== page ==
There’s a new pilot study being conducted by a team at The Ohio State University on neurofeedback for ADHD that was funded by the National Institute of Mental Health. It seems that the concept of neurofeedback training or EEG neurofeedback is new to most people. However, it’s been around for more than thirty years. And like anything else, there are proponents and opponents of the practice. So we’re sifting through all of the hype, drama and mountains of information to get at the crux of what, if any, promise neurofeedback training has for children and adults who suffer from ADHD, Asperger's Syndrome, and other learning disabilities.

Let's Start with ADHD

ADHD (Attention Deficit Hyperactivity Disorder) is a lifelong pervasive disorder that exists in all countries and cultures. It affects anywhere from 7 to 12 percent of the child population and somewhat less of the adult population mostly due to the fact that it is either managed or outgrown. At the present time, ADHD is not curable; it is manageable.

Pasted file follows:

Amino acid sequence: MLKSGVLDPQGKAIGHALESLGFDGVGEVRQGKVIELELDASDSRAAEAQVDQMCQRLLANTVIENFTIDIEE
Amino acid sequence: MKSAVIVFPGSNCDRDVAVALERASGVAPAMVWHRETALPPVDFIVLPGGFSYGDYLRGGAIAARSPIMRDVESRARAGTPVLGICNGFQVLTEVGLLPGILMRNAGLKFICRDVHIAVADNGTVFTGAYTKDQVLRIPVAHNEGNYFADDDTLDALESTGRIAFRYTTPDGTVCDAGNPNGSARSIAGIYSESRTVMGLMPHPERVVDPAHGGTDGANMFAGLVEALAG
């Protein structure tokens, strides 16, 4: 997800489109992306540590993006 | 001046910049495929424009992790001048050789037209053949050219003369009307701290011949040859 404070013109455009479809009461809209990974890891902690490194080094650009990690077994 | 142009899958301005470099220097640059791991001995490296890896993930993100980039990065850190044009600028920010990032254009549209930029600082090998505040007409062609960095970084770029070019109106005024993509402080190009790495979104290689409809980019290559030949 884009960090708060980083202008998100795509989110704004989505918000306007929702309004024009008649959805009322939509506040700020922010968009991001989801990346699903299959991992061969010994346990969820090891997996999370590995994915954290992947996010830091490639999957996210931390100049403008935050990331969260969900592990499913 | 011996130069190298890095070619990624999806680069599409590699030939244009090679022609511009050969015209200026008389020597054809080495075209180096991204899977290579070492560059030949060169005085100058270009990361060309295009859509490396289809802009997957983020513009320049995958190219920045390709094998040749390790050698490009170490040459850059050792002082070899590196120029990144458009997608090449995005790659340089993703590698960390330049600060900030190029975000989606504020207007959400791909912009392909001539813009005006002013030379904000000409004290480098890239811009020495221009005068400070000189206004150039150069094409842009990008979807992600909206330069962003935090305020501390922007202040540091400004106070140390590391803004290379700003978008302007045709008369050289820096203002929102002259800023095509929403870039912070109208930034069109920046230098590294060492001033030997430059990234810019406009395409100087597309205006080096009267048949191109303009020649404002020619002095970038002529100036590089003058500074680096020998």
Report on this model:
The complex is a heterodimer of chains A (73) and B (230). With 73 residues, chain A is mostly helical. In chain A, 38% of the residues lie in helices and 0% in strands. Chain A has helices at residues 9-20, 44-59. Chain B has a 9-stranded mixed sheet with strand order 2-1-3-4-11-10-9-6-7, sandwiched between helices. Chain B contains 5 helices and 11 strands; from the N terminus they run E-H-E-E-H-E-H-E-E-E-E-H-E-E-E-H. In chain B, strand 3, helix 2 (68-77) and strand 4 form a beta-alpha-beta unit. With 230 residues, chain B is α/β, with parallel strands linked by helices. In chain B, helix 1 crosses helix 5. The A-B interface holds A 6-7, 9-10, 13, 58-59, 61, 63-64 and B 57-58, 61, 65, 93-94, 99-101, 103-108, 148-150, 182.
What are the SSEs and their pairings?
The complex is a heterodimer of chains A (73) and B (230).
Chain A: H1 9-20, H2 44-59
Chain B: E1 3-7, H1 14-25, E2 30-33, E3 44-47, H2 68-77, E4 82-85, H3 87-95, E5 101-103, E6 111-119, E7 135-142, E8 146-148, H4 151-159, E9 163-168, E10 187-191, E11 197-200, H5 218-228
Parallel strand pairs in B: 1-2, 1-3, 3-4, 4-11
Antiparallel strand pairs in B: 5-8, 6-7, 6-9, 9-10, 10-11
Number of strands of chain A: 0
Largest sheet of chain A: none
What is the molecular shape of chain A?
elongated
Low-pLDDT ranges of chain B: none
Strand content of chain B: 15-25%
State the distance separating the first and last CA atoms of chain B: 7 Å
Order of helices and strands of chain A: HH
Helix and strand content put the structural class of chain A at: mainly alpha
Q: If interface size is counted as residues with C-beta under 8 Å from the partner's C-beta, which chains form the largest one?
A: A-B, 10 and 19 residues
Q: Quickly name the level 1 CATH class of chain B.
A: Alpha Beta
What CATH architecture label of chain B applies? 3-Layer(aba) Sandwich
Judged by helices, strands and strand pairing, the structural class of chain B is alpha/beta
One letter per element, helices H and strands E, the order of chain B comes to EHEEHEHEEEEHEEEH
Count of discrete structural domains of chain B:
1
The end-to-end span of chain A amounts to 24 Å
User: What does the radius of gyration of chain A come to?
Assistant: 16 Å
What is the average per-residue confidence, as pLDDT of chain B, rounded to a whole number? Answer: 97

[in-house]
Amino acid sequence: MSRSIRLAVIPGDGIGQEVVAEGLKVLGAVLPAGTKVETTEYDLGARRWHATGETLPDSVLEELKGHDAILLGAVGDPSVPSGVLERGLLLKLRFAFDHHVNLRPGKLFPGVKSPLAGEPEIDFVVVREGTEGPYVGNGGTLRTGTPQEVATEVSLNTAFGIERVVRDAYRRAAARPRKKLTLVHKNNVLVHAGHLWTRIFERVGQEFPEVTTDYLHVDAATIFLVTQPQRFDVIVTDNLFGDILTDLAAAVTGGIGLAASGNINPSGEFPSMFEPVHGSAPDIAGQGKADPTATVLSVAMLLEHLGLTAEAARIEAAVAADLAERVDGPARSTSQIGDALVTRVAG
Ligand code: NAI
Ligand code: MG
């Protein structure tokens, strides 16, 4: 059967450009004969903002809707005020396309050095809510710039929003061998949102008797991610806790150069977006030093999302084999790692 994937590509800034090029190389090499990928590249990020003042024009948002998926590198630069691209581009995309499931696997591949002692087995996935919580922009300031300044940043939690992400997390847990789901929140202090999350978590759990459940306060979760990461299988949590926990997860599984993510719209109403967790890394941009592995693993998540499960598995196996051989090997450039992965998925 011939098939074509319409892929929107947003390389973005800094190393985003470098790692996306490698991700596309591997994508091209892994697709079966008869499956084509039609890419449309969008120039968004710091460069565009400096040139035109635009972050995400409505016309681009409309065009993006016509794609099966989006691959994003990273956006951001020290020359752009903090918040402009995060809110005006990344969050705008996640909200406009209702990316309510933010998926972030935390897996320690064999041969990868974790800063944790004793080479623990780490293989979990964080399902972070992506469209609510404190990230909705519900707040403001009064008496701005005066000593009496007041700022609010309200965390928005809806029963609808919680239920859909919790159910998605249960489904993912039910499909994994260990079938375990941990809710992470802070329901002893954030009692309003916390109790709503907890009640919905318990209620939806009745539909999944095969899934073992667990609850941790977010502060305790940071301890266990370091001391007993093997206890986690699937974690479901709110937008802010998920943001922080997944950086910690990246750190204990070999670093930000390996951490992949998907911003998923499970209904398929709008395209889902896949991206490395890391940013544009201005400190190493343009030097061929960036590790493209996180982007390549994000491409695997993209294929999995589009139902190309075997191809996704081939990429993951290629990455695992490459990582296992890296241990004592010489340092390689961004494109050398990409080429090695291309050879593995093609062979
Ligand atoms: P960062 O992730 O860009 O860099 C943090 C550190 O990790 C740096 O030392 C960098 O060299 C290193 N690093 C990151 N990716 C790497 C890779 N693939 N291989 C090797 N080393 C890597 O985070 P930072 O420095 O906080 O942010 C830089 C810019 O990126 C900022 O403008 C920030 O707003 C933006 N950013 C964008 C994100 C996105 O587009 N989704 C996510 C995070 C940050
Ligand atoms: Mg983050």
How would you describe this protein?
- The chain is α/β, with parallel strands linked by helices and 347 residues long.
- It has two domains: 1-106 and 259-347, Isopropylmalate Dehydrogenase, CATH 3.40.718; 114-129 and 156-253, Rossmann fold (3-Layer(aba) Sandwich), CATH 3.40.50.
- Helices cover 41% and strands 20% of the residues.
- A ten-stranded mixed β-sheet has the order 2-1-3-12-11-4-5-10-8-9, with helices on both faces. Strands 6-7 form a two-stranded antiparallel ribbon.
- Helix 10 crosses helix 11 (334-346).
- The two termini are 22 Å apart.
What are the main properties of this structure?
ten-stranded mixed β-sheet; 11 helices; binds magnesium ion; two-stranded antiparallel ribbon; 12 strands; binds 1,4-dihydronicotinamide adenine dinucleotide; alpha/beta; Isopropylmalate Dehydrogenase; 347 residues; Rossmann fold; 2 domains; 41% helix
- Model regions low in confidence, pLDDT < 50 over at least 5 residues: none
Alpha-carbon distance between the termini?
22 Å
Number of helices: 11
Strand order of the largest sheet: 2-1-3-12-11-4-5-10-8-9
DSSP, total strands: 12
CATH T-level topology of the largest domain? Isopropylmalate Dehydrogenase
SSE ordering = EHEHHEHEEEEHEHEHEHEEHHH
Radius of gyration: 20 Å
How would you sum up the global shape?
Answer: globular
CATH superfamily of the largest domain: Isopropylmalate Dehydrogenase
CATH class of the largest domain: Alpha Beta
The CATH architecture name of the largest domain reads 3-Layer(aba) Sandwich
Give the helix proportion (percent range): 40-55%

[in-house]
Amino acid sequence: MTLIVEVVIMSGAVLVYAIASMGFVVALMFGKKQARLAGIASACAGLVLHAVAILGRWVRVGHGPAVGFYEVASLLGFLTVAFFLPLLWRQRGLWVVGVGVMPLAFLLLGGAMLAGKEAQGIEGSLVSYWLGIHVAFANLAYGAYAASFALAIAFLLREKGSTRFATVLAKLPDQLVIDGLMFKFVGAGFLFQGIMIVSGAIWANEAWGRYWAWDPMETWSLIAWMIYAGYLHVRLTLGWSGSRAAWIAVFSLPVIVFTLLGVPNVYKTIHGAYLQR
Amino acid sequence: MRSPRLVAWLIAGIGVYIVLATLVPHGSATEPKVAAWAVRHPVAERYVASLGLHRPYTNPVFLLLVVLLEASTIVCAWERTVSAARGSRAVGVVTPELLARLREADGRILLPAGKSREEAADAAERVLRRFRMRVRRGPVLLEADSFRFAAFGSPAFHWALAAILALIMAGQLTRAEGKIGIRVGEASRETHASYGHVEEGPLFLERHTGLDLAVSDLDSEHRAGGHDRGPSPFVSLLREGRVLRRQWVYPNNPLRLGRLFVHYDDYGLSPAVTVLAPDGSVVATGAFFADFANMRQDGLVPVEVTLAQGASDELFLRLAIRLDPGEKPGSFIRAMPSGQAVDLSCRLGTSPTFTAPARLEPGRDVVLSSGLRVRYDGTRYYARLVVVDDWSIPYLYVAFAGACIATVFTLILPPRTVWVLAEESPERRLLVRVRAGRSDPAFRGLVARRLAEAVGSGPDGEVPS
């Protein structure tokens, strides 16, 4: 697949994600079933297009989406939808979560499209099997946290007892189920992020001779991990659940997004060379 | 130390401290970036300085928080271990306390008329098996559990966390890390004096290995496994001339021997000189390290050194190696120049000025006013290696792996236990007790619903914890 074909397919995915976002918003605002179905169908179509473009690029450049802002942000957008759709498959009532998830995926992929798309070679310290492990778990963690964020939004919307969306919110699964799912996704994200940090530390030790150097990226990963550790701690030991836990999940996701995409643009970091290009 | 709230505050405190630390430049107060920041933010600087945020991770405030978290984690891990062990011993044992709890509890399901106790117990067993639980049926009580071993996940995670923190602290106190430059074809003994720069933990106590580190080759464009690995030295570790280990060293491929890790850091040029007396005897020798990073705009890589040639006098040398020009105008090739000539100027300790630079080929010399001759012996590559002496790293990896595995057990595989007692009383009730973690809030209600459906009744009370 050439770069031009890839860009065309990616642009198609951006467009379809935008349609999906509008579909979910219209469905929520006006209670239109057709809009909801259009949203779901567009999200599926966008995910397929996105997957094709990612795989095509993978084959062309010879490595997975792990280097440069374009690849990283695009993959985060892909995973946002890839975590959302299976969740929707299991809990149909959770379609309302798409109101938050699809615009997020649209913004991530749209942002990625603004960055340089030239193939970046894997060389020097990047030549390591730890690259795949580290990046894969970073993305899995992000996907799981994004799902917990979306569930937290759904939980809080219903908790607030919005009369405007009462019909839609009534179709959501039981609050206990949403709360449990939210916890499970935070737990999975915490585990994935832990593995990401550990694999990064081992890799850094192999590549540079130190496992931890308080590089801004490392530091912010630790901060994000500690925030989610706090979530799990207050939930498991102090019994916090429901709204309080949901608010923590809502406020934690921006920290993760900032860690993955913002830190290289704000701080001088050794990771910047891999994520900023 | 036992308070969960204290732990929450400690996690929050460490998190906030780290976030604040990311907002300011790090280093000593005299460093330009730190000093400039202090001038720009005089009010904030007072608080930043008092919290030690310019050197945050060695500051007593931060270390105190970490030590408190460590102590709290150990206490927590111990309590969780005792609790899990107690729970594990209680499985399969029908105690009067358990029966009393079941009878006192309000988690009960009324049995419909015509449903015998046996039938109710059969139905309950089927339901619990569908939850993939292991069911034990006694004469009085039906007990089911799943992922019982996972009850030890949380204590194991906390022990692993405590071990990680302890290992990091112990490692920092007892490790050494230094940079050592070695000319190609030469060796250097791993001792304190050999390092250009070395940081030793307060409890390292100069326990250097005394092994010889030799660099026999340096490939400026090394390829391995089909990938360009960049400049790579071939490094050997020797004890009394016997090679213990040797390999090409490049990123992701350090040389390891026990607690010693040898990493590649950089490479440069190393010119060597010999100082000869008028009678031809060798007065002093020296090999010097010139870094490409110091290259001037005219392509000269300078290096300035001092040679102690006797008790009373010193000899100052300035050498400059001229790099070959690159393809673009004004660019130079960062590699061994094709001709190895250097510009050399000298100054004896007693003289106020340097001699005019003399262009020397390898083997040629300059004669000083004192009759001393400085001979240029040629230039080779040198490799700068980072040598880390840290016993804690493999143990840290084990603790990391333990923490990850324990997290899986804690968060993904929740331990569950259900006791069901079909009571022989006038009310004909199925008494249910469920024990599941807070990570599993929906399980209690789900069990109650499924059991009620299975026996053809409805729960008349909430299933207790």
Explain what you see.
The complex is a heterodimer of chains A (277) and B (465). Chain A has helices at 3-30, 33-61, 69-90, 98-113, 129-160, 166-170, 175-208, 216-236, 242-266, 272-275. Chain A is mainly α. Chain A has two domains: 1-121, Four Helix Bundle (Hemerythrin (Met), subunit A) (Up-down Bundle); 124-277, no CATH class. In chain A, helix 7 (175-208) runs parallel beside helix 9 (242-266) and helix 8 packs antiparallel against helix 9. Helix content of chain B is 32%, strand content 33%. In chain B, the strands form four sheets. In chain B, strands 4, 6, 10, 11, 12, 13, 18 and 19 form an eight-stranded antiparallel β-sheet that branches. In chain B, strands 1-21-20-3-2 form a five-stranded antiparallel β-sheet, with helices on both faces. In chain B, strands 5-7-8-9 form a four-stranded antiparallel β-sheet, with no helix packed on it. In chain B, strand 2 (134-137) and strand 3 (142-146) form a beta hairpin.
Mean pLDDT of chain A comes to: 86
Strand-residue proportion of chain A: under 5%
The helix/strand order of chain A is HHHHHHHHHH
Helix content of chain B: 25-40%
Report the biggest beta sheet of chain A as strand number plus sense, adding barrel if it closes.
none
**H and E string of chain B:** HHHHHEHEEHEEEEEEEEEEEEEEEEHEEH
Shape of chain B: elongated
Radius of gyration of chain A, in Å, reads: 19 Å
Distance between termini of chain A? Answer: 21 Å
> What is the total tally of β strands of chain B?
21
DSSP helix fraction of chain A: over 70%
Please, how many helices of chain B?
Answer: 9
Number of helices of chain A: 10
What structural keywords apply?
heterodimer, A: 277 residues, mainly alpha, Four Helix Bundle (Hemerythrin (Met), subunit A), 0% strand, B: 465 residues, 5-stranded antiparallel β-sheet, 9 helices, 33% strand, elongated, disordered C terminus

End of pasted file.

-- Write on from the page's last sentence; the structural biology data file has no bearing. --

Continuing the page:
Traditional treatments involve medications including stimulants, tricycles antidepressants, and alpha-blockers. Nonmedical therapies involve the extensive use of behavior therapy, Cognitive Behavior Therapy, traditional individual psychotherapy, and family therapy. (Barkley, 1990)

In recent years, researchers have discovered that the primary symptoms of ADHD – inattentiveness, impulsiveness, hyperactivity and other various manifestations result from an underlying neurological disorder.

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